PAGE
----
3. Repeat with the rest of the macarons.


Caramel Rocky Road Cupcakes

I’ve sort of had an untold agreement with most of the groups of friends I’ve been with:

Any special occasion, cupcakes or dessert are a must!

I decided to attempt a super decadent, hybrid rocky road version of a cupcake, caramel included.

I had a massive batch of dulce de leche leftover from a previous venture, I had to incorporate this amazing South American caramel into these cupcakes. If you haven’t made dulce de leche before, I strongly recommend that you drop whatever you are doing and check out this liquid gold.

If you can’t make dulce de leche, simply substitute for another form of caramel. I love date caramel, but I guess caramel top and fill or another type of thick caramel will be fine too.

Serves: 12

Caramel Rocky Road Cupcakes


©       125g butter (room temperature)

©       125g raw sugar

©       2 eggs

©       150g self-raising flour

©       2 tbsp. milk

©       1 tbsp. shredded coconut

©       1 tbsp. pure cocoa powder

©       2 tsp. vanilla paste

©       2 tbsp. dulce de leche*

©       1 tsp. salt

©       1 tsp. nutmeg

©       1 tsp. cinnamon

Rocky Road Topping:

©       1 tbsp. coconut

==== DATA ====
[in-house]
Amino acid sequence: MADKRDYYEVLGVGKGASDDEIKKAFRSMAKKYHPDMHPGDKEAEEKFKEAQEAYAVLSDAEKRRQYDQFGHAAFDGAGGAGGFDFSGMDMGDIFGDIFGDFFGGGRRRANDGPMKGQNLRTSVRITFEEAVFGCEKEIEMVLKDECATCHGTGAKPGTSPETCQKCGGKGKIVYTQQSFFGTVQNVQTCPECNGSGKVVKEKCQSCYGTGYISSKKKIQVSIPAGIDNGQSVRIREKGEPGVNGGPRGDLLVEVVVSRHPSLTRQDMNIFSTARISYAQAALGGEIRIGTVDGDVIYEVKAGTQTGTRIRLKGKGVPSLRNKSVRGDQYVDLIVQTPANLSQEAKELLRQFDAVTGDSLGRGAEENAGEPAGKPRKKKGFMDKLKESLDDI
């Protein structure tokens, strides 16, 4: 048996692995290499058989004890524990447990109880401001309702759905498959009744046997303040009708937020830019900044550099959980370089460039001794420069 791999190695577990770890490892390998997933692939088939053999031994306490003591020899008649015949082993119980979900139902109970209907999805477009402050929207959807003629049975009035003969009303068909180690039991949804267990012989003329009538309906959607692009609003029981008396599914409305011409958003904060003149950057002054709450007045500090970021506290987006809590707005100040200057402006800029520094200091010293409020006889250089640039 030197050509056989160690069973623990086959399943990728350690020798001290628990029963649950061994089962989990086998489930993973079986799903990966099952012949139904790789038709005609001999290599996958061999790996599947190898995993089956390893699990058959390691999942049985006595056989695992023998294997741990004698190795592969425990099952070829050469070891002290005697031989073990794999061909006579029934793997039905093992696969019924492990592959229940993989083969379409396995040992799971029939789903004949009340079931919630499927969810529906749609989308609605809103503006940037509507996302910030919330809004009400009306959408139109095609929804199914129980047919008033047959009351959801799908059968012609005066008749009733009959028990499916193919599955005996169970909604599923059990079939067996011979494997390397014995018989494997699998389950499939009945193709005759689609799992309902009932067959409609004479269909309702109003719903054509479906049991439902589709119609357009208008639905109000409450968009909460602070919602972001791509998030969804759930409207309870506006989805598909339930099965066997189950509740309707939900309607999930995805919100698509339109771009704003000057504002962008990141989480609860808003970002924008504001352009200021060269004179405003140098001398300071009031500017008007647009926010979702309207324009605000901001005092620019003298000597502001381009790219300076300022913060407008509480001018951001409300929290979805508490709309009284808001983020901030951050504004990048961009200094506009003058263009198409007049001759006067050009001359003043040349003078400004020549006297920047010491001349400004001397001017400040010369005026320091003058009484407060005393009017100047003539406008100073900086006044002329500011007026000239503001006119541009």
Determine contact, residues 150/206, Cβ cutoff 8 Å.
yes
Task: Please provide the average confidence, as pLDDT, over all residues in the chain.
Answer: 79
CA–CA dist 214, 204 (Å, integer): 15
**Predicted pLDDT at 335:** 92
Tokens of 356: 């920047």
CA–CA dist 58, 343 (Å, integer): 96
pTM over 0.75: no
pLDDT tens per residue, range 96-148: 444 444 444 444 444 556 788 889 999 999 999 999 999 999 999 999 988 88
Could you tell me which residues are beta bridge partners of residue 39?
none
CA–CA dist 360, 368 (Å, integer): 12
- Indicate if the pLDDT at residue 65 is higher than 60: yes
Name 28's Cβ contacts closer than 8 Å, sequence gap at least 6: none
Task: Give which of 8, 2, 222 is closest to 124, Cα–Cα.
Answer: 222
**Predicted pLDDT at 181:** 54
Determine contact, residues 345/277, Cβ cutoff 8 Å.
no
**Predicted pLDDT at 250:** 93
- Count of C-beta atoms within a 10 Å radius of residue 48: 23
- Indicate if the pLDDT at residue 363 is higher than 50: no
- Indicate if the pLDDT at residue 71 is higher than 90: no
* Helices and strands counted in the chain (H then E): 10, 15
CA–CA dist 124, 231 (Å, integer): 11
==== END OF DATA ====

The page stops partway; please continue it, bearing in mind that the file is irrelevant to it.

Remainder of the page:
©       200g milk chocolate

©       60g mini marshmallows

©       15g chopped dates

©       10g sultanas

©       20g dulce de leche (caramel of choice)

©       3 ginger nuts (crumbled)

©       1 brownie (crumbled)


©       1 ginger nut (crushed into powder)

©       2 tablespoon dulce de leche (caramel of choice)

©       15g milk chocolate melted

*Dulce de leche is a South American caramel – substitute for caramel of choice. Such as date caramel, tinned caramel, etc.

  1. Preheat an oven to 180C.
  2. Line a 12 hole cupcake tray with 12 cupcake liners of choice.
  3. Using a mixer, whisk room temperature butter until fluffy (almost white in colour).
  4. Adding a tsp. of sugar at a time (or the whole thing at once if you are impatient), blending well with each incorporation until completely combined.
  5. Whisk one egg at a time into the mixer.
  6. Switching to a wooden spoon (to maintain the aerated batter), sift flour, cocoa powder, salt, nutmeg and cinnamon and stir to combine.
  7. Fold in vanilla paste, 1 tbsp. dulce de leche, and shredded coconut.
  8. Place even amounts of the batter into each liner. Tap the tray gently on the bench to remove major air bubbles in the batter.
  9. Spoon a small dollop of the remaining dulce de leche (caramel) over each unbaked cupcake.
  10. Bake for 12 minutes, and then grill on 180C for 2 minutes to caramelise the top of the cupcake.
  11. Meanwhile, use another bowl to make the caramel rocking road topping.
  12. Melt the milk chocolate over a double boiler or in the microwave.
  13. Combine all the ingredients into a bowl, then pour the milk chocolate over the mixture and mix well.
  14. Transfer into a baking sheet, leave to set in the fridge.
  15.  Remove from the cupcakes from the oven. As soon as possible, place the cupcakes onto a drying rack (out of the tray – as this dries out the cupcakes) and leave to cool completely.
  16. Once cooled, assemble each cupcake with a dollop of dulce de leche, then a large handful of set caramel rocky road. Top with drizzled melted chocolate and crumbled ginger nut. Repeat with the other 11 cupcakes.
  17. Enjoy!